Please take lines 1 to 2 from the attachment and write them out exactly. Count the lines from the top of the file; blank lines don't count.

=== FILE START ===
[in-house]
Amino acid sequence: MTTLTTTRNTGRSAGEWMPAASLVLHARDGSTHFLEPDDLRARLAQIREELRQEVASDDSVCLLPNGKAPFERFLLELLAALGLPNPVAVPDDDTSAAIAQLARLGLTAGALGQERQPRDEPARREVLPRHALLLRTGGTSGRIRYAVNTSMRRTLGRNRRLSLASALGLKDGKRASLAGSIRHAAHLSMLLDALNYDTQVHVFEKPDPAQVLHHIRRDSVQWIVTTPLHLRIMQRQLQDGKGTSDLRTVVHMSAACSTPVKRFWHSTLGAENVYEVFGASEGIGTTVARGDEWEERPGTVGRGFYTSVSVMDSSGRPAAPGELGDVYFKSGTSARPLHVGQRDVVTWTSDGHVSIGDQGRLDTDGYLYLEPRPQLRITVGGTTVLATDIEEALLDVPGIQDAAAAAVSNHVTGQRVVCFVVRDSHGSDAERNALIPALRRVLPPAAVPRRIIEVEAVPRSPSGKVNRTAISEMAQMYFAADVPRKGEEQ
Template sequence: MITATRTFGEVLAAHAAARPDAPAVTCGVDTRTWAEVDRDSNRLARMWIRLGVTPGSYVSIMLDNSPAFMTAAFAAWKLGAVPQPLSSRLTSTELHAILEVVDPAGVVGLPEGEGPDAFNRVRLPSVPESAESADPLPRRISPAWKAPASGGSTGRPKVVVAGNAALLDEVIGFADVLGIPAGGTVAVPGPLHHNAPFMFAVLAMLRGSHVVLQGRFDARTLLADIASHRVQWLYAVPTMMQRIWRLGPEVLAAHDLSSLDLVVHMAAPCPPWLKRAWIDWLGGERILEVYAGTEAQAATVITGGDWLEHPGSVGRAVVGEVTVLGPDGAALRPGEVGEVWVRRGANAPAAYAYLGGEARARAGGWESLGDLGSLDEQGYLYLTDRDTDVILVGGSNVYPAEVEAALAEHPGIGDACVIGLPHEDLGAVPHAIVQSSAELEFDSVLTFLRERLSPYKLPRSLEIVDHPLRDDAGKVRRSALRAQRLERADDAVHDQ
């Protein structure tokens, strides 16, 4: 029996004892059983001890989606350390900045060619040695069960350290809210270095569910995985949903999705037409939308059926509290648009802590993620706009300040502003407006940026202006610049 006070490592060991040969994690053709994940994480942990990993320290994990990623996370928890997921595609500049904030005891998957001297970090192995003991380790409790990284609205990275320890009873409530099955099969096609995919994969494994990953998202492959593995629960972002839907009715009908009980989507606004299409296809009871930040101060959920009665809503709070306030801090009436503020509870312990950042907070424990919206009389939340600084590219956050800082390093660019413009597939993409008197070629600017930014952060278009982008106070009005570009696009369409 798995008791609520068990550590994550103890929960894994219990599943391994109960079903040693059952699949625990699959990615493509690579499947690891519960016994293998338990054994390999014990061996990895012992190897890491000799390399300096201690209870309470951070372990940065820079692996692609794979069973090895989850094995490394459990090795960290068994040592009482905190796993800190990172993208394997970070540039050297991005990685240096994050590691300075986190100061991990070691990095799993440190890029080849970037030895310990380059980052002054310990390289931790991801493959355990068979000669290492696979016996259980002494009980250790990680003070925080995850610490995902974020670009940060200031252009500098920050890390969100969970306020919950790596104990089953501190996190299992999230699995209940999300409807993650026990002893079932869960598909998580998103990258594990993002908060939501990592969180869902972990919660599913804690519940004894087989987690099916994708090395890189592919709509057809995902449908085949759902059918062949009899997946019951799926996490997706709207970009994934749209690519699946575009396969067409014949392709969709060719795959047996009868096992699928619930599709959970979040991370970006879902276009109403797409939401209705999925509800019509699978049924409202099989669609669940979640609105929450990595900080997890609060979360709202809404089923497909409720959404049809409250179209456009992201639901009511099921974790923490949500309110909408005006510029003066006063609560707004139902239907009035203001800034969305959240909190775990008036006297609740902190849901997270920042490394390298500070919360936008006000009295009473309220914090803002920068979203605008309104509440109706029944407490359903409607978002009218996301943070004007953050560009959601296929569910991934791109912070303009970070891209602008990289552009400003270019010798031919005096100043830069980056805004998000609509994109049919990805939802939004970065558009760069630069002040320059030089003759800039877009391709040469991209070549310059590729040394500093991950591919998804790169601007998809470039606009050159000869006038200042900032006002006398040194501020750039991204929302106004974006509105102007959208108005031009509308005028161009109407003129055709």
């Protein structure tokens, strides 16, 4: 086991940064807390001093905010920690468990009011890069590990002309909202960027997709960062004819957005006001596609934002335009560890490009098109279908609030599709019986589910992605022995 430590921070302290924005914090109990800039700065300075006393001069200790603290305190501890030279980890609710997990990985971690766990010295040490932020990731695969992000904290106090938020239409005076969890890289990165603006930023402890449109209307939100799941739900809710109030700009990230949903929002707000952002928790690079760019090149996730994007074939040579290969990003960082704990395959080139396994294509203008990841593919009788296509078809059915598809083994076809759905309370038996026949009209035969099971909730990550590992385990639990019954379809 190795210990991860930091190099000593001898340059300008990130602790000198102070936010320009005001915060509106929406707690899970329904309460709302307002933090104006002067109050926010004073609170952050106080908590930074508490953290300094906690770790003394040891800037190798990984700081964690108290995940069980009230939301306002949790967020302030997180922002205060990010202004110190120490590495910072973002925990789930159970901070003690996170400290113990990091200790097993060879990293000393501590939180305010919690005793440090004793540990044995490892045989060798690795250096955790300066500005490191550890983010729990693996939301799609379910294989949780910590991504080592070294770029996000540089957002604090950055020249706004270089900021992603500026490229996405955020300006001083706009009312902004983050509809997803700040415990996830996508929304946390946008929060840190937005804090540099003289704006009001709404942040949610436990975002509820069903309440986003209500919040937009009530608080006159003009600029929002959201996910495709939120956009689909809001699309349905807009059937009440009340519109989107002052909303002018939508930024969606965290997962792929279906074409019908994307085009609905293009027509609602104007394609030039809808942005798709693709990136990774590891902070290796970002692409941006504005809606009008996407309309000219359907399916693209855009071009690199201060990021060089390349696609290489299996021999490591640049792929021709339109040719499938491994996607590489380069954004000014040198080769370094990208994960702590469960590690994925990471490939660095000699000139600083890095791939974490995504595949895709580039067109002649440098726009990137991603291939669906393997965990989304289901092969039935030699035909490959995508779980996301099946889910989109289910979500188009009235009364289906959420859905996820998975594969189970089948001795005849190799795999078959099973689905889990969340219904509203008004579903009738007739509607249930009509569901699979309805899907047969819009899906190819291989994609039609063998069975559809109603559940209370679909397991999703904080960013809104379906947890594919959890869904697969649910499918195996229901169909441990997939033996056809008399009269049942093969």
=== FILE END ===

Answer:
[in-house]
Amino acid sequence: MTTLTTTRNTGRSAGEWMPAASLVLHARDGSTHFLEPDDLRARLAQIREELRQEVASDDSVCLLPNGKAPFERFLLELLAALGLPNPVAVPDDDTSAAIAQLARLGLTAGALGQERQPRDEPARREVLPRHALLLRTGGTSGRIRYAVNTSMRRTLGRNRRLSLASALGLKDGKRASLAGSIRHAAHLSMLLDALNYDTQVHVFEKPDPAQVLHHIRRDSVQWIVTTPLHLRIMQRQLQDGKGTSDLRTVVHMSAACSTPVKRFWHSTLGAENVYEVFGASEGIGTTVARGDEWEERPGTVGRGFYTSVSVMDSSGRPAAPGELGDVYFKSGTSARPLHVGQRDVVTWTSDGHVSIGDQGRLDTDGYLYLEPRPQLRITVGGTTVLATDIEEALLDVPGIQDAAAAAVSNHVTGQRVVCFVVRDSHGSDAERNALIPALRRVLPPAAVPRRIIEVEAVPRSPSGKVNRTAISEMAQMYFAADVPRKGEEQ